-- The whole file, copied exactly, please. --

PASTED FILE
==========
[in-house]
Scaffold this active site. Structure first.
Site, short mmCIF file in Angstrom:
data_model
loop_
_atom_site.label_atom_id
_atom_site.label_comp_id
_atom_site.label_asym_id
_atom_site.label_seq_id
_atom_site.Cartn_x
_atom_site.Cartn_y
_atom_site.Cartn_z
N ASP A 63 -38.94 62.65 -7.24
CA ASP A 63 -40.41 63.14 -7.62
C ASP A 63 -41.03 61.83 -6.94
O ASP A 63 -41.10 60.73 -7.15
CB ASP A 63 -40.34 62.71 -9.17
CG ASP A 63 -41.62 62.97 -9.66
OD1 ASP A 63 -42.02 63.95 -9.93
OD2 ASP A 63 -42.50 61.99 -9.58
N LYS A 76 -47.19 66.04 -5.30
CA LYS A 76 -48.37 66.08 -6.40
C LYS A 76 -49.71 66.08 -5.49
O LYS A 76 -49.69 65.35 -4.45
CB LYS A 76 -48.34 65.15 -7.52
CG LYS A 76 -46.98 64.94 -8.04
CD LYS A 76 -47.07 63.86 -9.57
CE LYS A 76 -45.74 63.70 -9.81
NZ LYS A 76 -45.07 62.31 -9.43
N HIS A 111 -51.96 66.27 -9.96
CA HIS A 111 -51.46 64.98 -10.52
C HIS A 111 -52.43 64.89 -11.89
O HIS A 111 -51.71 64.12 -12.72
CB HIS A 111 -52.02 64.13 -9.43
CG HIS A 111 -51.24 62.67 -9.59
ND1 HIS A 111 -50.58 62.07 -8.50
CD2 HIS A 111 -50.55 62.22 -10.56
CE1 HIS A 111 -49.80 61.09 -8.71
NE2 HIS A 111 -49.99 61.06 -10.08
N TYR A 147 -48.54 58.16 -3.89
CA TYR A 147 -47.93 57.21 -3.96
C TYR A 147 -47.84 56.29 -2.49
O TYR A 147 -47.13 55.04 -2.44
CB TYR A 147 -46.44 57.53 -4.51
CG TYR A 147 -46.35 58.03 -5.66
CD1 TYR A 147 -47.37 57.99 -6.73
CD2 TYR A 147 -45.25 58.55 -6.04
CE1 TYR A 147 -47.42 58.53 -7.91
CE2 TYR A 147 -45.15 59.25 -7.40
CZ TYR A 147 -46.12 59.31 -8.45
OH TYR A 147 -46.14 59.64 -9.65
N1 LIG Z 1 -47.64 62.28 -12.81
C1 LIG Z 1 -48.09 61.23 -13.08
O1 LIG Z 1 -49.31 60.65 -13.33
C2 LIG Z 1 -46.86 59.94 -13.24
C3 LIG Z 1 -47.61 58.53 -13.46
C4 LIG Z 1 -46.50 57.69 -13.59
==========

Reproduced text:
[in-house]
Scaffold this active site. Structure first.
Site, short mmCIF file in Angstrom:
data_model
loop_
_atom_site.label_atom_id
_atom_site.label_comp_id
_atom_site.label_asym_id
_atom_site.label_seq_id
_atom_site.Cartn_x
_atom_site.Cartn_y
_atom_site.Cartn_z
N ASP A 63 -38.94 62.65 -7.24
CA ASP A 63 -40.41 63.14 -7.62
C ASP A 63 -41.03 61.83 -6.94
O ASP A 63 -41.10 60.73 -7.15
CB ASP A 63 -40.34 62.71 -9.17
CG ASP A 63 -41.62 62.97 -9.66
OD1 ASP A 63 -42.02 63.95 -9.93
OD2 ASP A 63 -42.50 61.99 -9.58
N LYS A 76 -47.19 66.04 -5.30
CA LYS A 76 -48.37 66.08 -6.40
C LYS A 76 -49.71 66.08 -5.49
O LYS A 76 -49.69 65.35 -4.45
CB LYS A 76 -48.34 65.15 -7.52
CG LYS A 76 -46.98 64.94 -8.04
CD LYS A 76 -47.07 63.86 -9.57
CE LYS A 76 -45.74 63.70 -9.81
NZ LYS A 76 -45.07 62.31 -9.43
N HIS A 111 -51.96 66.27 -9.96
CA HIS A 111 -51.46 64.98 -10.52
C HIS A 111 -52.43 64.89 -11.89
O HIS A 111 -51.71 64.12 -12.72
CB HIS A 111 -52.02 64.13 -9.43
CG HIS A 111 -51.24 62.67 -9.59
ND1 HIS A 111 -50.58 62.07 -8.50
CD2 HIS A 111 -50.55 62.22 -10.56
CE1 HIS A 111 -49.80 61.09 -8.71
NE2 HIS A 111 -49.99 61.06 -10.08
N TYR A 147 -48.54 58.16 -3.89
CA TYR A 147 -47.93 57.21 -3.96
C TYR A 147 -47.84 56.29 -2.49
O TYR A 147 -47.13 55.04 -2.44
CB TYR A 147 -46.44 57.53 -4.51
CG TYR A 147 -46.35 58.03 -5.66
CD1 TYR A 147 -47.37 57.99 -6.73
CD2 TYR A 147 -45.25 58.55 -6.04
CE1 TYR A 147 -47.42 58.53 -7.91
CE2 TYR A 147 -45.15 59.25 -7.40
CZ TYR A 147 -46.12 59.31 -8.45
OH TYR A 147 -46.14 59.64 -9.65
N1 LIG Z 1 -47.64 62.28 -12.81
C1 LIG Z 1 -48.09 61.23 -13.08
O1 LIG Z 1 -49.31 60.65 -13.33
C2 LIG Z 1 -46.86 59.94 -13.24
C3 LIG Z 1 -47.61 58.53 -13.46
C4 LIG Z 1 -46.50 57.69 -13.59